100 Greatest Artists

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Curtis Mayfield
Illustration by Andrea Ventura98/100

98. Curtis Mayfield

By Boz Scaggs 

If, in the late Fifties and early Sixties, you were drawn to that place on the AM radio dial where the rhythms, the grooves and the beautiful sounds of African-American soul were playing, you would have found Curtis Mayfield. Many of us first heard him as backing vocalist in the Impressions behind Jerry Butler, singing "For Your Precious Love." But he really came into focus in Butler's next big hit, "He Will Break Your Heart," which was written by Mayfield and features his strumming electric guitar to a saucy tango beat that you can hear echoing in Ben E. King's "Spanish Harlem."

After that he was front and center, singing the lead about a "Gypsy Woman" in an exotic brew of castanets and dark minor chords. At one point, after the lyric "She danced around and round to a guitar melody," he fired off an accent on his guitar that resonated for years for many of us who tried to emulate him — she cast her spell and he followed, with the rest of us close behind. You can clearly hear his influence in the monumental "Little Wing," by Jimi Hendrix.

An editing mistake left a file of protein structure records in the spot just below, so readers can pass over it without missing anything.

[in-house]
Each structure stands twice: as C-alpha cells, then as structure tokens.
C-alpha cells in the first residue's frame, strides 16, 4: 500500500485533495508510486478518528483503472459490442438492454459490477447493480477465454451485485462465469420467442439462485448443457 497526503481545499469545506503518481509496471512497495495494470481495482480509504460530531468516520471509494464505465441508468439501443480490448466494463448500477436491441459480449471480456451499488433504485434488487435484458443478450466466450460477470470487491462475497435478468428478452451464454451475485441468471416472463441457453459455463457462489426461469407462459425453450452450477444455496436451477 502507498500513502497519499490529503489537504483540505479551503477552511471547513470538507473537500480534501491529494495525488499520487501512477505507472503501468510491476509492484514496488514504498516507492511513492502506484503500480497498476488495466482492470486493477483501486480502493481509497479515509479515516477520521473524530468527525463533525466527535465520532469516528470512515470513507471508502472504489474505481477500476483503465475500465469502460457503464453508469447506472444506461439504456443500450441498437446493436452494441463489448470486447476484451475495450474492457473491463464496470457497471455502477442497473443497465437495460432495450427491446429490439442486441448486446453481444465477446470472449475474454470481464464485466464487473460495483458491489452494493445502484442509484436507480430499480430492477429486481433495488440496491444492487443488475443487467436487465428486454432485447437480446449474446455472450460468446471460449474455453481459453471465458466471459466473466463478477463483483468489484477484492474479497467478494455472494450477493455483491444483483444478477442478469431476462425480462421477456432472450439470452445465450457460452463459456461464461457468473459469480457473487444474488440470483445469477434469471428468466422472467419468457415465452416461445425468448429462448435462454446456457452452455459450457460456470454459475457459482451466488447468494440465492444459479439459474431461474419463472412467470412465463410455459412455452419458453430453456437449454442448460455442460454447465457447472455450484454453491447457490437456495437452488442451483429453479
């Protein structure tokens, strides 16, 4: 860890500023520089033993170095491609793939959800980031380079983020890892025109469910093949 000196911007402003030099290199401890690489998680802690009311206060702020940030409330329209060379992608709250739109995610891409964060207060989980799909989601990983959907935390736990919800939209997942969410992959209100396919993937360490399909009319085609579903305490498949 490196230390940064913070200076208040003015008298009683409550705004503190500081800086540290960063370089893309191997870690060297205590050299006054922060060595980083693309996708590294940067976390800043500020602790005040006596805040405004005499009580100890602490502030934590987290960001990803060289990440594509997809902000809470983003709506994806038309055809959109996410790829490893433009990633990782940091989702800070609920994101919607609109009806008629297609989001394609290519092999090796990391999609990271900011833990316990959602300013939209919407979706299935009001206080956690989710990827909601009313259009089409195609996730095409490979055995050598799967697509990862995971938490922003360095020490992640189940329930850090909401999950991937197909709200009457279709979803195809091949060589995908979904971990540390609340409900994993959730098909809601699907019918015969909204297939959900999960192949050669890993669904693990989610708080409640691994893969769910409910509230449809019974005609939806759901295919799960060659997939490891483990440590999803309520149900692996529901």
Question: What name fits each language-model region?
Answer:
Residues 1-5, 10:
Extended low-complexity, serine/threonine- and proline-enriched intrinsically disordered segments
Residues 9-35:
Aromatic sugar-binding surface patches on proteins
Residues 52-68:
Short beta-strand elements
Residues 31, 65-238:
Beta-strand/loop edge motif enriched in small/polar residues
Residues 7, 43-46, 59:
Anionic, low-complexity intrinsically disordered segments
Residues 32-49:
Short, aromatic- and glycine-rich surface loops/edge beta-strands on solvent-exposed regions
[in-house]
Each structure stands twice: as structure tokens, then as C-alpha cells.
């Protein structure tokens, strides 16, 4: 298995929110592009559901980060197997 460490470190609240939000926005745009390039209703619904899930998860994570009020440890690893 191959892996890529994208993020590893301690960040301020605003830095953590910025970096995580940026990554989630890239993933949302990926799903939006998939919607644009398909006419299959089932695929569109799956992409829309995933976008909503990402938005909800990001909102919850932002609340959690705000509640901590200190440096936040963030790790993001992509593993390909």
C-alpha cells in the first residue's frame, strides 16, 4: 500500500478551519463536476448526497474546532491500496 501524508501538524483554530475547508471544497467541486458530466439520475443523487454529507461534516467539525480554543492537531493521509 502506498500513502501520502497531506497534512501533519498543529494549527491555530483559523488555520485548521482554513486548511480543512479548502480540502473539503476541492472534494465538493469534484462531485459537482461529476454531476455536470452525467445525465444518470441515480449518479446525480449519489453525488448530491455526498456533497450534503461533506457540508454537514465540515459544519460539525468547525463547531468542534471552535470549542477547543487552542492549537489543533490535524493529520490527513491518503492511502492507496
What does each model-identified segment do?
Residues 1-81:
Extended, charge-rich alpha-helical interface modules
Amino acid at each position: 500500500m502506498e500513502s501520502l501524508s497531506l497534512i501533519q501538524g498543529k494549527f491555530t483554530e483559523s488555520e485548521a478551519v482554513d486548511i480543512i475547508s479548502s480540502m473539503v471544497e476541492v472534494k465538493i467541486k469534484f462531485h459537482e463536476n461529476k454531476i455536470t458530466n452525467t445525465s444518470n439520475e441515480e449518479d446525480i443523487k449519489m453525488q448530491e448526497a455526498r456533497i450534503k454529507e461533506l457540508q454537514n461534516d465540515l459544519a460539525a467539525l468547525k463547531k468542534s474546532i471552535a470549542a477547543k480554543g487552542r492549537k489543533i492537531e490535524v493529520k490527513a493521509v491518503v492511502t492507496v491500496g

But it was his voice that reached the higher ground. It burned with the abandon of the blues singer and an almost feminine longing, at once powerful and deeply personal. Women responded overwhelmingly to his profoundly respectful and sensitive approach. When he sang "The Wonder of You," the vulnerability and passion got in real close. They knew he knew.

At first, he made a gospel-like call to rise up, get on board, get ready. "I know you can make it," he exhorted to soul-stirring harmonizing. He later took the voice of activism, calling out diseases of urban America and challenging people to see what was going on, a plea Marvin Gaye would take up, too. The full range of his powers can be heard in the soundtrack to Superfly. It hits you in waves: driving rhythms with brass and strings countered by down-in-the-alley funk.

He was a dynamic performer right up until he was disabled in an accident onstage in New York in 1990. I only met him once, after a show in San Francisco. He was funny, gracious to all, had a beautiful smile and a genuine way about him — a gentle and humble man at heart.

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